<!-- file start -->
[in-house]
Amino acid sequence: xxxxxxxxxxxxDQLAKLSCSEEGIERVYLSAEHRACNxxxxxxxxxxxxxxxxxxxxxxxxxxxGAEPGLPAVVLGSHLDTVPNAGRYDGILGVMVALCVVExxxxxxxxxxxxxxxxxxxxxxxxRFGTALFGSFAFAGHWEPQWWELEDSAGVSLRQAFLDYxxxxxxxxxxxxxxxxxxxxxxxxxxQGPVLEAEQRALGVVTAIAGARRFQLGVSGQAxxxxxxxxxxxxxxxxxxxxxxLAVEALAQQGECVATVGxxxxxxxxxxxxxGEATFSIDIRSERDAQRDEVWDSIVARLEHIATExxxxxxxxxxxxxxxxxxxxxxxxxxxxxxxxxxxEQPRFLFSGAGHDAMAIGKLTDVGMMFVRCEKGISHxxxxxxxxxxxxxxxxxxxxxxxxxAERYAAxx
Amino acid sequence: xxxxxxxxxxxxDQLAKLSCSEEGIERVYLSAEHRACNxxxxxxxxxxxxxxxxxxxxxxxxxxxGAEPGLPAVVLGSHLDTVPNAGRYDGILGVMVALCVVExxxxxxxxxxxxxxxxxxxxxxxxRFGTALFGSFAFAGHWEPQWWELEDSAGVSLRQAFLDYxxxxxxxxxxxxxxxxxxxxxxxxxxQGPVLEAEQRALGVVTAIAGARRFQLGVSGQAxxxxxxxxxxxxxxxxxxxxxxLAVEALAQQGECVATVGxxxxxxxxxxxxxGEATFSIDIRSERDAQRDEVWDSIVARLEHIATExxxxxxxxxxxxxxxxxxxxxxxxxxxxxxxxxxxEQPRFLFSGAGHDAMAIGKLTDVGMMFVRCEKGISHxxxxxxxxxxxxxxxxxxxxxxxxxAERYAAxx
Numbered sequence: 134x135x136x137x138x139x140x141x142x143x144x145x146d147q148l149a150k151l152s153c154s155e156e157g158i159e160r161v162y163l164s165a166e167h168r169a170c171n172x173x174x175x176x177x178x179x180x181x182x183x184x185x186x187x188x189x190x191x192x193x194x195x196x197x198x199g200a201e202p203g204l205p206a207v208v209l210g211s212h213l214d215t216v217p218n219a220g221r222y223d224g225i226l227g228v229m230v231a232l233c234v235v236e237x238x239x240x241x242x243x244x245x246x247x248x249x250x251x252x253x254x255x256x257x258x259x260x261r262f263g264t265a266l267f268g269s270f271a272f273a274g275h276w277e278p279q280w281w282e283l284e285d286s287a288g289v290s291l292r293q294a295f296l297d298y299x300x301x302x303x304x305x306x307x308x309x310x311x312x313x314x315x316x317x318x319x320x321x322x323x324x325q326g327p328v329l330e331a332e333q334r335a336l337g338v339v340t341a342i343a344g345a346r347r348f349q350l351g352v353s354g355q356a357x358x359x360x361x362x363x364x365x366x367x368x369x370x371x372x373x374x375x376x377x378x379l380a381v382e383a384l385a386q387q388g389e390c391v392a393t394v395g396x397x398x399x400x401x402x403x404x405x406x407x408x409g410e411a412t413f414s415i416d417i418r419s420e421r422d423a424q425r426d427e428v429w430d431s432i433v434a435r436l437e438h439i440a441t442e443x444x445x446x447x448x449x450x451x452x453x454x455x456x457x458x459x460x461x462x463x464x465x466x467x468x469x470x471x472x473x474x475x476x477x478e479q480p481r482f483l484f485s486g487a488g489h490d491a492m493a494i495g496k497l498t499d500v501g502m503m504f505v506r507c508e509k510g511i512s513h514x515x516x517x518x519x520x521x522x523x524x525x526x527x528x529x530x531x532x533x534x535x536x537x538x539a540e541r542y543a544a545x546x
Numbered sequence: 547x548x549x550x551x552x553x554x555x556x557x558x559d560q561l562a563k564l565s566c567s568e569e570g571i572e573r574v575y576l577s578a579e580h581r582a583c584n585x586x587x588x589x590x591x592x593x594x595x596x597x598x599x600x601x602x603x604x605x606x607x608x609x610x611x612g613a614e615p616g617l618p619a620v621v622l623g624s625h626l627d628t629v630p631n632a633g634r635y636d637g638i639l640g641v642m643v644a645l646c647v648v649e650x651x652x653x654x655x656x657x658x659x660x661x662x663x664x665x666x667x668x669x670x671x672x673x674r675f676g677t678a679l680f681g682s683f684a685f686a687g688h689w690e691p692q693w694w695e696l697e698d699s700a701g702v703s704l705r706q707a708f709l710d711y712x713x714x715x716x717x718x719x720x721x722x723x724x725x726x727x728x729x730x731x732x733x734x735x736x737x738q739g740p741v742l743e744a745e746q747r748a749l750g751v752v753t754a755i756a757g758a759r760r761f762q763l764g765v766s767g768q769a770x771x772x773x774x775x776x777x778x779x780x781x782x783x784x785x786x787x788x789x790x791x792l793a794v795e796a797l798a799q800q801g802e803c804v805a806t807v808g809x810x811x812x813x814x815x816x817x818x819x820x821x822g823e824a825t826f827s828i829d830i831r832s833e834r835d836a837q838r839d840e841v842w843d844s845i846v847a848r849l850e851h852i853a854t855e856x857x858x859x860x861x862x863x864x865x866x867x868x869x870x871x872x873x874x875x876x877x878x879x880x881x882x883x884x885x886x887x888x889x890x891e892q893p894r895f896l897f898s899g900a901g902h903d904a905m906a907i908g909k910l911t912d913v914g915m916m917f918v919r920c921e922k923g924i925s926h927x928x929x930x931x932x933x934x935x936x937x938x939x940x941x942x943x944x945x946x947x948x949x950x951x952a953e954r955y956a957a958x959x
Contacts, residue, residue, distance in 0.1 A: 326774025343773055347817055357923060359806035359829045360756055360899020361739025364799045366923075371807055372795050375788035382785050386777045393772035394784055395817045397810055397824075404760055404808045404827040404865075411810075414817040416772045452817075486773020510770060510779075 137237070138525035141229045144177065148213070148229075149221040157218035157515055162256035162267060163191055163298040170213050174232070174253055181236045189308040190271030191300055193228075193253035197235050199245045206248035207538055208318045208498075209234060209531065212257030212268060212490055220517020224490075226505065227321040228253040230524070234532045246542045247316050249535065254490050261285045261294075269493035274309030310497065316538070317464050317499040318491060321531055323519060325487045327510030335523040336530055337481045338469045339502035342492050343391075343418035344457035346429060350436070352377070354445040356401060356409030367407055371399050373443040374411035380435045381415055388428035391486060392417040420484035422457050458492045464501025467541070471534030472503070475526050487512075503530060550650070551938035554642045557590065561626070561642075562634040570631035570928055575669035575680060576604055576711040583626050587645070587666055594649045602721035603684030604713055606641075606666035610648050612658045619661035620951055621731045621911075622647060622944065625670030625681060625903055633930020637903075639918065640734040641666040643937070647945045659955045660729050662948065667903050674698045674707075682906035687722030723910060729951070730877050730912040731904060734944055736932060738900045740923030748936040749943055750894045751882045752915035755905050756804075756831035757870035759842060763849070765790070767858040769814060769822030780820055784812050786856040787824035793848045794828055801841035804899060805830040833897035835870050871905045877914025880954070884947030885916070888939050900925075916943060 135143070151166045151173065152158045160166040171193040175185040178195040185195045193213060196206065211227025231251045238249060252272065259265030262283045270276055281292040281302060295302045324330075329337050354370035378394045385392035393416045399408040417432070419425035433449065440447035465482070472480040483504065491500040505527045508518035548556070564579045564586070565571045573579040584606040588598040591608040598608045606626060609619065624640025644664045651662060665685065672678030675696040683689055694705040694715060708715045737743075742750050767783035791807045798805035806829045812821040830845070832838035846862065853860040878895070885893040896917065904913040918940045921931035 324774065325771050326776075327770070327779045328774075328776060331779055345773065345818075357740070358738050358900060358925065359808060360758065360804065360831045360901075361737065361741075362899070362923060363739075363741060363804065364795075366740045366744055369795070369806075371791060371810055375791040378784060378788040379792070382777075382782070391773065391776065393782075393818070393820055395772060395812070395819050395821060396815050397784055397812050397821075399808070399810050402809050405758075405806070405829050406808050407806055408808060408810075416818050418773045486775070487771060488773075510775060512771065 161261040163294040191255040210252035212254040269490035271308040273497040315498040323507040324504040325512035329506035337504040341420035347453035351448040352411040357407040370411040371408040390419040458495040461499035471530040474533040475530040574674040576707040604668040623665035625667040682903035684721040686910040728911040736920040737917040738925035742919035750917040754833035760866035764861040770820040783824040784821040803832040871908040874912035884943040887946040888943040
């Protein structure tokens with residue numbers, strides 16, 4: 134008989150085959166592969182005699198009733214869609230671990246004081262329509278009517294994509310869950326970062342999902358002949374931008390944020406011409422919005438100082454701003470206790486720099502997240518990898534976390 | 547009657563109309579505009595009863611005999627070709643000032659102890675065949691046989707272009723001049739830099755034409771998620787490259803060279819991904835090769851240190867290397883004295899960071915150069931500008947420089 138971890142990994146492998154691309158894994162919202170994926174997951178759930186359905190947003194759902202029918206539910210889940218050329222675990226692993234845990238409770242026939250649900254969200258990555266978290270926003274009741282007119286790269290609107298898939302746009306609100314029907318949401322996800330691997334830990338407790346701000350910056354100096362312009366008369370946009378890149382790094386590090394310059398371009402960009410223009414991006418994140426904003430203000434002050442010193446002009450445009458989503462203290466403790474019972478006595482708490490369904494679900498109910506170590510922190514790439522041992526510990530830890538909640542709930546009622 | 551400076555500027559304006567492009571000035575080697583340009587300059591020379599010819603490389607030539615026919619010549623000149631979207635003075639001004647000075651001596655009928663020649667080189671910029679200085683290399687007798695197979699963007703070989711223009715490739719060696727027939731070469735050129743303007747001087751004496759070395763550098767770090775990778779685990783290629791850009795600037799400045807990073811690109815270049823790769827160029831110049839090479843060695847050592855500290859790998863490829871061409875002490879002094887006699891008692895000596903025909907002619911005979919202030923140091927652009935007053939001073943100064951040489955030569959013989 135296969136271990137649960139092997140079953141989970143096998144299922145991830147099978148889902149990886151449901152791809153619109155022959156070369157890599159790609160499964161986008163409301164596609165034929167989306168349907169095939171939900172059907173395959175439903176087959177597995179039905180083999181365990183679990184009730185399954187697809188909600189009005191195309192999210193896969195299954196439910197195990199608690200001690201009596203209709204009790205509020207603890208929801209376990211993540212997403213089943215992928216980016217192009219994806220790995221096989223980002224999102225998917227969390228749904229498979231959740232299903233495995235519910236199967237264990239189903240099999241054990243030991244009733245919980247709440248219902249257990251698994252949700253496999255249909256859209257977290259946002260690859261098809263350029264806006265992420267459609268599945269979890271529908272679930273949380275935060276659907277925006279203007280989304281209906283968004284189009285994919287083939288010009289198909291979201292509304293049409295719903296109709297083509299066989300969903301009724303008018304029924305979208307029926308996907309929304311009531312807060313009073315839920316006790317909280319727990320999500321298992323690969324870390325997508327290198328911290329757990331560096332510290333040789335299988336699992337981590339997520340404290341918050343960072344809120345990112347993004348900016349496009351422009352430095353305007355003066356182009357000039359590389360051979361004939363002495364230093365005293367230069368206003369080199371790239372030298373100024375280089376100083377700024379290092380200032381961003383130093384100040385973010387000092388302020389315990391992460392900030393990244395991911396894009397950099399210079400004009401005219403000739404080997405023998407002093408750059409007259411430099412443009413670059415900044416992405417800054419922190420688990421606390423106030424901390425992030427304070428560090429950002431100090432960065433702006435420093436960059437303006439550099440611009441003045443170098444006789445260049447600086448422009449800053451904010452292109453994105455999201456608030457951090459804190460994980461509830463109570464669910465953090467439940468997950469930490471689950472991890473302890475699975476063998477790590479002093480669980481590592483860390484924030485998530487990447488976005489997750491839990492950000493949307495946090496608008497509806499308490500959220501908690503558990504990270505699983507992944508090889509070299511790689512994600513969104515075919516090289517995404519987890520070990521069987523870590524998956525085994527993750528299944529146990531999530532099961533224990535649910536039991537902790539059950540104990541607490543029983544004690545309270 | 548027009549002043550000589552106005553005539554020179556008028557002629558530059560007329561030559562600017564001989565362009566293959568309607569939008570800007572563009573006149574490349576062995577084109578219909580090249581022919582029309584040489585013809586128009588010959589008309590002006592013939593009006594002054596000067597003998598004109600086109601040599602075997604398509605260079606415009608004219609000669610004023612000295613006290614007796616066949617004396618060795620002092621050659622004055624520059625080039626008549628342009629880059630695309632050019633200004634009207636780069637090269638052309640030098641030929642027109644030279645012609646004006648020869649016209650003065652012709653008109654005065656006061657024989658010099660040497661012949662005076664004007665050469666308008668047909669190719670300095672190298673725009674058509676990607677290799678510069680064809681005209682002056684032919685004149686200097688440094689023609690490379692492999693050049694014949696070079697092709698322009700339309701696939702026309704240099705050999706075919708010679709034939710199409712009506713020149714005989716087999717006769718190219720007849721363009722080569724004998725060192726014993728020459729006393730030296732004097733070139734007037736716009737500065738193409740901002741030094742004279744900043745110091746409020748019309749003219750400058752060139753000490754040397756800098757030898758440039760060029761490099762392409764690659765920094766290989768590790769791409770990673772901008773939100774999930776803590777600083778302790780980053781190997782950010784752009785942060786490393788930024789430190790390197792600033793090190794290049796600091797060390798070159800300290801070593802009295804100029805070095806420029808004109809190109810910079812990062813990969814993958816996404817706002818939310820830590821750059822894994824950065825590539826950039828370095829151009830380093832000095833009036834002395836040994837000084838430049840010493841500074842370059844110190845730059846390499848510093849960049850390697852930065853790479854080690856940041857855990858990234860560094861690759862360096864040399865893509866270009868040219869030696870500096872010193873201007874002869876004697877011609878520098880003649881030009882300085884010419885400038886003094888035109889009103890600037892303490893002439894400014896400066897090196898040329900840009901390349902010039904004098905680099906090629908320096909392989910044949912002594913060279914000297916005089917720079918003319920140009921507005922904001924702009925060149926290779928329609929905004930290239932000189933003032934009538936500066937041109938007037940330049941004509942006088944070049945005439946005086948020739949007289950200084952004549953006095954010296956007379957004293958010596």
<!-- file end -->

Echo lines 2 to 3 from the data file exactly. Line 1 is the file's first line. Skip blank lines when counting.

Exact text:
Amino acid sequence: xxxxxxxxxxxxDQLAKLSCSEEGIERVYLSAEHRACNxxxxxxxxxxxxxxxxxxxxxxxxxxxGAEPGLPAVVLGSHLDTVPNAGRYDGILGVMVALCVVExxxxxxxxxxxxxxxxxxxxxxxxRFGTALFGSFAFAGHWEPQWWELEDSAGVSLRQAFLDYxxxxxxxxxxxxxxxxxxxxxxxxxxQGPVLEAEQRALGVVTAIAGARRFQLGVSGQAxxxxxxxxxxxxxxxxxxxxxxLAVEALAQQGECVATVGxxxxxxxxxxxxxGEATFSIDIRSERDAQRDEVWDSIVARLEHIATExxxxxxxxxxxxxxxxxxxxxxxxxxxxxxxxxxxEQPRFLFSGAGHDAMAIGKLTDVGMMFVRCEKGISHxxxxxxxxxxxxxxxxxxxxxxxxxAERYAAxx
Amino acid sequence: xxxxxxxxxxxxDQLAKLSCSEEGIERVYLSAEHRACNxxxxxxxxxxxxxxxxxxxxxxxxxxxGAEPGLPAVVLGSHLDTVPNAGRYDGILGVMVALCVVExxxxxxxxxxxxxxxxxxxxxxxxRFGTALFGSFAFAGHWEPQWWELEDSAGVSLRQAFLDYxxxxxxxxxxxxxxxxxxxxxxxxxxQGPVLEAEQRALGVVTAIAGARRFQLGVSGQAxxxxxxxxxxxxxxxxxxxxxxLAVEALAQQGECVATVGxxxxxxxxxxxxxGEATFSIDIRSERDAQRDEVWDSIVARLEHIATExxxxxxxxxxxxxxxxxxxxxxxxxxxxxxxxxxxEQPRFLFSGAGHDAMAIGKLTDVGMMFVRCEKGISHxxxxxxxxxxxxxxxxxxxxxxxxxAERYAAxx